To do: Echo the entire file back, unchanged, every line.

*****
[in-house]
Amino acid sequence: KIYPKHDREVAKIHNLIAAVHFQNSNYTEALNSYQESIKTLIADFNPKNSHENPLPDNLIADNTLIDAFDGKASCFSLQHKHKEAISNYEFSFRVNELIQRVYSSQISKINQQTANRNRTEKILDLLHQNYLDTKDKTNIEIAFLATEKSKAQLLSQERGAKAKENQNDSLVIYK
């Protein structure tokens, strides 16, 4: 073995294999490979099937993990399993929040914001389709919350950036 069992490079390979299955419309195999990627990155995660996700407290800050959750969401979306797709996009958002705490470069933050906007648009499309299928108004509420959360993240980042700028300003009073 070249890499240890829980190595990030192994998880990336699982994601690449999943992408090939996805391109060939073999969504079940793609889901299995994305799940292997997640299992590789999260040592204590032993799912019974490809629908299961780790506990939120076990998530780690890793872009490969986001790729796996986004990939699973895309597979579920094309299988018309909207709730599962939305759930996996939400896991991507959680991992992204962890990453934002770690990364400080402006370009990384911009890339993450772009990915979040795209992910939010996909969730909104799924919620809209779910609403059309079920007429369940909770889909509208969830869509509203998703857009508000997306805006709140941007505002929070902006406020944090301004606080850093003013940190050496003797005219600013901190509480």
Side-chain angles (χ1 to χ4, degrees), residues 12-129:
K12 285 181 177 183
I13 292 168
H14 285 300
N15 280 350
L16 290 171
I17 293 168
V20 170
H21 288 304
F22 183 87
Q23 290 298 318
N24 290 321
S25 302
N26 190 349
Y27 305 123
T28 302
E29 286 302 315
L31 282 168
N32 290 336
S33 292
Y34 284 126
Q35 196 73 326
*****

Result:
[in-house]
Amino acid sequence: KIYPKHDREVAKIHNLIAAVHFQNSNYTEALNSYQESIKTLIADFNPKNSHENPLPDNLIADNTLIDAFDGKASCFSLQHKHKEAISNYEFSFRVNELIQRVYSSQISKINQQTANRNRTEKILDLLHQNYLDTKDKTNIEIAFLATEKSKAQLLSQERGAKAKENQNDSLVIYK
């Protein structure tokens, strides 16, 4: 073995294999490979099937993990399993929040914001389709919350950036 069992490079390979299955419309195999990627990155995660996700407290800050959750969401979306797709996009958002705490470069933050906007648009499309299928108004509420959360993240980042700028300003009073 070249890499240890829980190595990030192994998880990336699982994601690449999943992408090939996805391109060939073999969504079940793609889901299995994305799940292997997640299992590789999260040592204590032993799912019974490809629908299961780790506990939120076990998530780690890793872009490969986001790729796996986004990939699973895309597979579920094309299988018309909207709730599962939305759930996996939400896991991507959680991992992204962890990453934002770690990364400080402006370009990384911009890339993450772009990915979040795209992910939010996909969730909104799924919620809209779910609403059309079920007429369940909770889909509208969830869509509203998703857009508000997306805006709140941007505002929070902006406020944090301004606080850093003013940190050496003797005219600013901190509480």
Side-chain angles (χ1 to χ4, degrees), residues 12-129:
K12 285 181 177 183
I13 292 168
H14 285 300
N15 280 350
L16 290 171
I17 293 168
V20 170
H21 288 304
F22 183 87
Q23 290 298 318
N24 290 321
S25 302
N26 190 349
Y27 305 123
T28 302
E29 286 302 315
L31 282 168
N32 290 336
S33 292
Y34 284 126
Q35 196 73 326